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*To*: [email protected]*Subject*: Re: D-H key exchange - how does it work?*From*: Brian A. LaMacchia <[email protected]>*Date*: Fri, 20 May 94 13:16:03 -0400*Cc*: [email protected]*In-Reply-To*: Eric Hughes's message of Fri, 20 May 94 09:55:36 -0700,<[email protected]>*Reply-To*: [email protected]*Sender*: [email protected]

Date: Fri, 20 May 94 09:55:36 -0700 From: [email protected] (Eric Hughes) Sender: [email protected] Precedence: bulk I dunno. The paper by LaMacchia and Odlysko on how to break Diffie-Hellman quickly once you've done a lot of precomputation on a static modulus is sufficiently disturbing to me that I would prefer to be able to change modulii fairly frequently if possible. Quoting K. McCurley about the above mentioned work: "Their experience seems to suggest that it is possible to compute discrete logarithms in groups GF(p)^* with p \wavyequals 10^100." [in _The Discrete Logarithm Problem_, collected in _Cryptology and Computational Number Theory_] Right. Basically, what we found was that you needed the same amount of computation to factor a (k+10)-digit composite as to compute discrete logarithms in a field with k-digit modulus p. The discrete log problem is brittle---you do a lot of precomputation for a particular modulus p and then finding individual discrete logs in GF(p) is easy---so you need to think carefully about the lifetime of the information you're going to encrypt and choose the size of your modulus accordingly. --bal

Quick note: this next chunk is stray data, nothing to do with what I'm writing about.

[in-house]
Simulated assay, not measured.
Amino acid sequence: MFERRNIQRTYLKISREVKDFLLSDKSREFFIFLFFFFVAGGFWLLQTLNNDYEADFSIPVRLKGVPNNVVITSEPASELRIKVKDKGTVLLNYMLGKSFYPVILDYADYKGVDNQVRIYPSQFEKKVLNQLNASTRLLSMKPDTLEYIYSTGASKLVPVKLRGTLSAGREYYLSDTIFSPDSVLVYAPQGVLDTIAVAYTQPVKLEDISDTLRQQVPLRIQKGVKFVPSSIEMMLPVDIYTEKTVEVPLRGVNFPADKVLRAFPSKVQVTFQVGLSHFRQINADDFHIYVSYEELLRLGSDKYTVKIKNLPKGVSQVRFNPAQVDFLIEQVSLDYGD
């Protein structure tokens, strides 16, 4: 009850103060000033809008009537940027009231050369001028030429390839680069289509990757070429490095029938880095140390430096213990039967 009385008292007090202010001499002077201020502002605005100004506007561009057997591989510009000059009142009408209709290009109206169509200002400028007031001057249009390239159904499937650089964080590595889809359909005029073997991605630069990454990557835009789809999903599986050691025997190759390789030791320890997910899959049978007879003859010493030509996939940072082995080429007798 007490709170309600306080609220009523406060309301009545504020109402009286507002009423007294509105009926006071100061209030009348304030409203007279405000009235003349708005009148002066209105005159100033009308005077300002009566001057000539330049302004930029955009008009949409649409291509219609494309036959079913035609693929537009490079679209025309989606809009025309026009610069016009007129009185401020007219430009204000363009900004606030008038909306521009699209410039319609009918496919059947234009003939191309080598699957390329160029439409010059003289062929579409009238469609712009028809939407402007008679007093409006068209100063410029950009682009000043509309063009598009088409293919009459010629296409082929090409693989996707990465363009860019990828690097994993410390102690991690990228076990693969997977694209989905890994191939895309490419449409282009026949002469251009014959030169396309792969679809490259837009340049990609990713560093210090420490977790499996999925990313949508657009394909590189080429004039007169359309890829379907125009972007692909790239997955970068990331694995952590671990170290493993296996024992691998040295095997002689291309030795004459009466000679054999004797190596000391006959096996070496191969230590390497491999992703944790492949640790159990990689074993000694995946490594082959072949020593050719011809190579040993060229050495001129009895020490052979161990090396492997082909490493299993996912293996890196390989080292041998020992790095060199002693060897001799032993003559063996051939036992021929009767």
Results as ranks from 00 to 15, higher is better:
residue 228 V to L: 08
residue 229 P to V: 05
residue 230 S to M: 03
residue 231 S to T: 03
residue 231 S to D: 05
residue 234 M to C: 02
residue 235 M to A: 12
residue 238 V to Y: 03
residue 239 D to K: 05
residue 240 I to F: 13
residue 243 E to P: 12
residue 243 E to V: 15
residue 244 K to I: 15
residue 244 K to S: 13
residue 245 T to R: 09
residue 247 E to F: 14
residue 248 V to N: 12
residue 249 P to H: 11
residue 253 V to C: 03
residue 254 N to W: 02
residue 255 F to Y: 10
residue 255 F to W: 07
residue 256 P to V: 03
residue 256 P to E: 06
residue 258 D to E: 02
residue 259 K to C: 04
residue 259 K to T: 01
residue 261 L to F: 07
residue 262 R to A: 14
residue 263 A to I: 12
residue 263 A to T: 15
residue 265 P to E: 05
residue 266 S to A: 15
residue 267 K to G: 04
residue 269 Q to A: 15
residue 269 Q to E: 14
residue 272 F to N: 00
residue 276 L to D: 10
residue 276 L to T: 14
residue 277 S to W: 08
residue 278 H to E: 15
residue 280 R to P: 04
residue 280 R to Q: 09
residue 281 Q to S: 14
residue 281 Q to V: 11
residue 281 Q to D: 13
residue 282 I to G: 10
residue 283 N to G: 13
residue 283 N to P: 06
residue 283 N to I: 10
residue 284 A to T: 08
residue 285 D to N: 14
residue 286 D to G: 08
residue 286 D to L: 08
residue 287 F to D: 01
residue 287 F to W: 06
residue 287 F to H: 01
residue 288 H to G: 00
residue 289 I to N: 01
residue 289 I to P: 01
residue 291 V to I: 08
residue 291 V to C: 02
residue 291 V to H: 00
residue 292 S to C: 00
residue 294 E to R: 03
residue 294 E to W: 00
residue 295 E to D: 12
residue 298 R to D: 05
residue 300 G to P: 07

**References**:**D-H key exchange - how does it work?***From:*[email protected] (Eric Hughes)

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